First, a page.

This saves most users a lot of time and helps to avoid confusion. 

The following points relate directly to mobile e-commerce checkout.   

  • Show the right keyboard

Show letters for text fields and digits for numeric fields. While it may seem obvious enough, this rule is often neglected. 

Correct keyboards for email (left) and phone-number (right) fields on Nike.com

  • Make sure your CTAs are always visible 

Try to make your CTAs always visible above the fold, waiting for the user to click on them. What’s also important is to make the copy on your buttons more declarative. For example, it’s better to write “Pay $100” than just “Pay,” since it keeps users more informed about what they’re going to do. 

Provide a smooth and secure payment experience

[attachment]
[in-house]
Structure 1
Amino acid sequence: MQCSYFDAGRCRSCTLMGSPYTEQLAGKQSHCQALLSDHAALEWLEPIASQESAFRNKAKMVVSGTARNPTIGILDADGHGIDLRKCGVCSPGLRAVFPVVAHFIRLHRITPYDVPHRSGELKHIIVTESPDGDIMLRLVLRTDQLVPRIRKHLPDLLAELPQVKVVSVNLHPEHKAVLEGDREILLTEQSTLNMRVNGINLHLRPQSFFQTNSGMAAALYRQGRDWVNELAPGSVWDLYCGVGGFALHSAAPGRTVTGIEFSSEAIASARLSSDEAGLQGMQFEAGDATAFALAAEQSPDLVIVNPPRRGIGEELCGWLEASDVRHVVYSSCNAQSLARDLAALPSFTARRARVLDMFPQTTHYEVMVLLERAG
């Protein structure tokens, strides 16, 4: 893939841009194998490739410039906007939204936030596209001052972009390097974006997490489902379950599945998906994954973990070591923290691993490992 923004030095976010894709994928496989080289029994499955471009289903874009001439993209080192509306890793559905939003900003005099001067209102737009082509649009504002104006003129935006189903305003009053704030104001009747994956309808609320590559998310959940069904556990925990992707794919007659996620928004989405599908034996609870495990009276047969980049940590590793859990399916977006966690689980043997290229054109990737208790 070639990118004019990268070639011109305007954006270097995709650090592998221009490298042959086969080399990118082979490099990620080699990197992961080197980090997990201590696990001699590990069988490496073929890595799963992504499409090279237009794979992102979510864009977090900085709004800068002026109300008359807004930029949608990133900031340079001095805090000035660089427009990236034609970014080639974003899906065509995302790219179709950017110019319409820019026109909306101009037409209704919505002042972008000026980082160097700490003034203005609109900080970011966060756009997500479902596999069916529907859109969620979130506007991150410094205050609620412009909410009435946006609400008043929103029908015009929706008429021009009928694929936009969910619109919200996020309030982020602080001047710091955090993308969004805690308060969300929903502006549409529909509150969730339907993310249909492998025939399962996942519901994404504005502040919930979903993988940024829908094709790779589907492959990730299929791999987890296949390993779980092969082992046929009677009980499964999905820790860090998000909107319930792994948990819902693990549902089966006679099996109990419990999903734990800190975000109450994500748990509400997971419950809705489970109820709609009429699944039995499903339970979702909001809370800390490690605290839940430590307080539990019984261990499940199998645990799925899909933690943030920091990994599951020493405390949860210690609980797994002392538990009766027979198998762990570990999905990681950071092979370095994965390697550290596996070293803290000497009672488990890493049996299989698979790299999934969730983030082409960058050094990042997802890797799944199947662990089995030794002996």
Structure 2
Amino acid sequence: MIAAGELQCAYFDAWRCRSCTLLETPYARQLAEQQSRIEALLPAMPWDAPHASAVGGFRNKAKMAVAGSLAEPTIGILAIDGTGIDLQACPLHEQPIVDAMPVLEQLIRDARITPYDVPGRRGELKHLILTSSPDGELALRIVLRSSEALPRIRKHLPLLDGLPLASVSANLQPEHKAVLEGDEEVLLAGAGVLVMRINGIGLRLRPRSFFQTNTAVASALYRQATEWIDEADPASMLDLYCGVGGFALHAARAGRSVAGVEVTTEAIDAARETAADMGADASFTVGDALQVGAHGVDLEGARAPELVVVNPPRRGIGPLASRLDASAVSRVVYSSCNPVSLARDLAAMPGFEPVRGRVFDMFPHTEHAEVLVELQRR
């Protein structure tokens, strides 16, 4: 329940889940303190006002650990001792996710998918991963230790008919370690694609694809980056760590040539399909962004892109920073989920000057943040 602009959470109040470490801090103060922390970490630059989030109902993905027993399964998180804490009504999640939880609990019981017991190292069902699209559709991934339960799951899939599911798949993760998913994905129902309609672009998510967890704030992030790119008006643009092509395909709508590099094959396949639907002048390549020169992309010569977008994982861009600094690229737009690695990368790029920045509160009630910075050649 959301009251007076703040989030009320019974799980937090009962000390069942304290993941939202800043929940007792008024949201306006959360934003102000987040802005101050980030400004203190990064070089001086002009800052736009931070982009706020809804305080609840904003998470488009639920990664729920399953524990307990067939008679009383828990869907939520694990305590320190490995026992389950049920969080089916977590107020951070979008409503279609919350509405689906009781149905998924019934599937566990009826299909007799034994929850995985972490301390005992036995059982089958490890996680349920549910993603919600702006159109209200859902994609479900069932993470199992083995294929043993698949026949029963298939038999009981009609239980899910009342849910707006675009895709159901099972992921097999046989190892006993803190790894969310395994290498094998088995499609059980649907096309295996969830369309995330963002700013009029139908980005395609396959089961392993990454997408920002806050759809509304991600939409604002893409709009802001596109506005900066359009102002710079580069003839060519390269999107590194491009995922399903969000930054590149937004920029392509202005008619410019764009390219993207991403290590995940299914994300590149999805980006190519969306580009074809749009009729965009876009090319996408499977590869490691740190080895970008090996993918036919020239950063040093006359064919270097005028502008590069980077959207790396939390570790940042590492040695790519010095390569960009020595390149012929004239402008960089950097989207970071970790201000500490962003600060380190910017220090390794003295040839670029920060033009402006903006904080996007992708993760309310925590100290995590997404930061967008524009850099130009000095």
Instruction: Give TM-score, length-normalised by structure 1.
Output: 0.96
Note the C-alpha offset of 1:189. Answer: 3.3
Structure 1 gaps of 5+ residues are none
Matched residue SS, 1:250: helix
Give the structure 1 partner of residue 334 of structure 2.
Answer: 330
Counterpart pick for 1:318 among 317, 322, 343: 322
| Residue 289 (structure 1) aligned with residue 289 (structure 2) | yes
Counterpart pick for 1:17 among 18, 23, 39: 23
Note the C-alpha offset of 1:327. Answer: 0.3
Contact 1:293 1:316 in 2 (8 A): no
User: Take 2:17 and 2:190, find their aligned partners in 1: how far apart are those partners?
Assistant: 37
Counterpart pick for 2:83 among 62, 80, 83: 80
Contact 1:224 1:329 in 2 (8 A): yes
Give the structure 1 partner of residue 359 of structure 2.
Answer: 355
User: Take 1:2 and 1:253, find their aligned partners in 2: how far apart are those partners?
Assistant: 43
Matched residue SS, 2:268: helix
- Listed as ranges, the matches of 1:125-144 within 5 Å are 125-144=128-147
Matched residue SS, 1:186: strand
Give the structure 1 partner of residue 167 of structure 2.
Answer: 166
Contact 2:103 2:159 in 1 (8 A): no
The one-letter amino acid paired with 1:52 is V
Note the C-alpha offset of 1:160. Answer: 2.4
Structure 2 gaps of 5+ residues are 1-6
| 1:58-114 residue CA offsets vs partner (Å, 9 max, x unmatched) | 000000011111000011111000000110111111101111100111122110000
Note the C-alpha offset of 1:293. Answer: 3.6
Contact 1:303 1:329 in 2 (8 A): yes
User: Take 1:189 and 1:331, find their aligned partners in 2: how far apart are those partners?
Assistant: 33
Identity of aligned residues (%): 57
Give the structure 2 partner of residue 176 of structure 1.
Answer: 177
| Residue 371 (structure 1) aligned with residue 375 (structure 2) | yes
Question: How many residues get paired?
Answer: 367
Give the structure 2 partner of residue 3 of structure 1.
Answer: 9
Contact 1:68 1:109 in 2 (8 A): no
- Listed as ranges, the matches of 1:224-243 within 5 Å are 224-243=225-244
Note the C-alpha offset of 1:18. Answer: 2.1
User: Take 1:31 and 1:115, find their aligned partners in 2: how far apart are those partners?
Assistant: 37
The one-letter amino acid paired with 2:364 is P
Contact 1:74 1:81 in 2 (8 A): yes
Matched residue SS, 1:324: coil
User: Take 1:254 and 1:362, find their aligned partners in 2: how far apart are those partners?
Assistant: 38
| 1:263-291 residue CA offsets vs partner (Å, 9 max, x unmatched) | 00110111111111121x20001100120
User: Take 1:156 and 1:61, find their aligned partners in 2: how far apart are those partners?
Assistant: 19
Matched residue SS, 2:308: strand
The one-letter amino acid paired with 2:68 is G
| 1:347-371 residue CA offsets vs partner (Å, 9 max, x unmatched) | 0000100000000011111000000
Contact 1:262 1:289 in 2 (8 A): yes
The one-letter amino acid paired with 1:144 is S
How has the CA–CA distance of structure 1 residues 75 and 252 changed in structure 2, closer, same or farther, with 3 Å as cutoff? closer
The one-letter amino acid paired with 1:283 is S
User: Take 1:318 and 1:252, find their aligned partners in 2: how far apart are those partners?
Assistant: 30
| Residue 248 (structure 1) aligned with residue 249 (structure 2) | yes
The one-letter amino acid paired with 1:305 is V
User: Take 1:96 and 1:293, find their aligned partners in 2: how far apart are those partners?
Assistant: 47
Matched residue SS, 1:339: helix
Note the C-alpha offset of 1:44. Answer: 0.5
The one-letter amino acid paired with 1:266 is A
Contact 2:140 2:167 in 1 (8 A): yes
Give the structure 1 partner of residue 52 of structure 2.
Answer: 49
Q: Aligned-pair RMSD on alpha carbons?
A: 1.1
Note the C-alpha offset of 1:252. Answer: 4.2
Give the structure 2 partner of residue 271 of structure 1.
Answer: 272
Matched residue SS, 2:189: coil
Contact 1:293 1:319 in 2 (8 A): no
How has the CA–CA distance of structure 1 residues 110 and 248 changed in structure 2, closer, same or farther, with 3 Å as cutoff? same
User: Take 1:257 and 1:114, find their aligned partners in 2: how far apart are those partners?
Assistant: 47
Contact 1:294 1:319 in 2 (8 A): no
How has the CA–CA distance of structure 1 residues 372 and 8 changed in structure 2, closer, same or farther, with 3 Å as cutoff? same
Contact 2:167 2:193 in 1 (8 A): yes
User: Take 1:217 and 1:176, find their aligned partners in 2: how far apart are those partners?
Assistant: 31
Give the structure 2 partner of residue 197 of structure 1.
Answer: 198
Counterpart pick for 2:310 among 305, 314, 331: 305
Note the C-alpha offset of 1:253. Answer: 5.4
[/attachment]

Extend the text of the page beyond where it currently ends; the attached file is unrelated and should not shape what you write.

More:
• Enable a variety of payment options 

Modern users expect a certain level of flexibility in how they pay for products. That’s why it’s important to let them choose among preferred payment options. As a rule of thumb, modern e-commerce platforms are equipped with payments gateways such as Stripe and Braintree that allow them to securely accept credit card payments without dealing with customers’ sensitive data directly.  

Using third-party services such as PayPal, Apple Pay, or Google Pay for checkout can not only allow for more payment options but can help you increase your sales. These services are used by the majority of customers, so they’ll feel more secure paying with them than giving their credit card number to an unknown app. 

Variety of mobile-friendly payment options in the Vineyard Vines app

  • Use security badges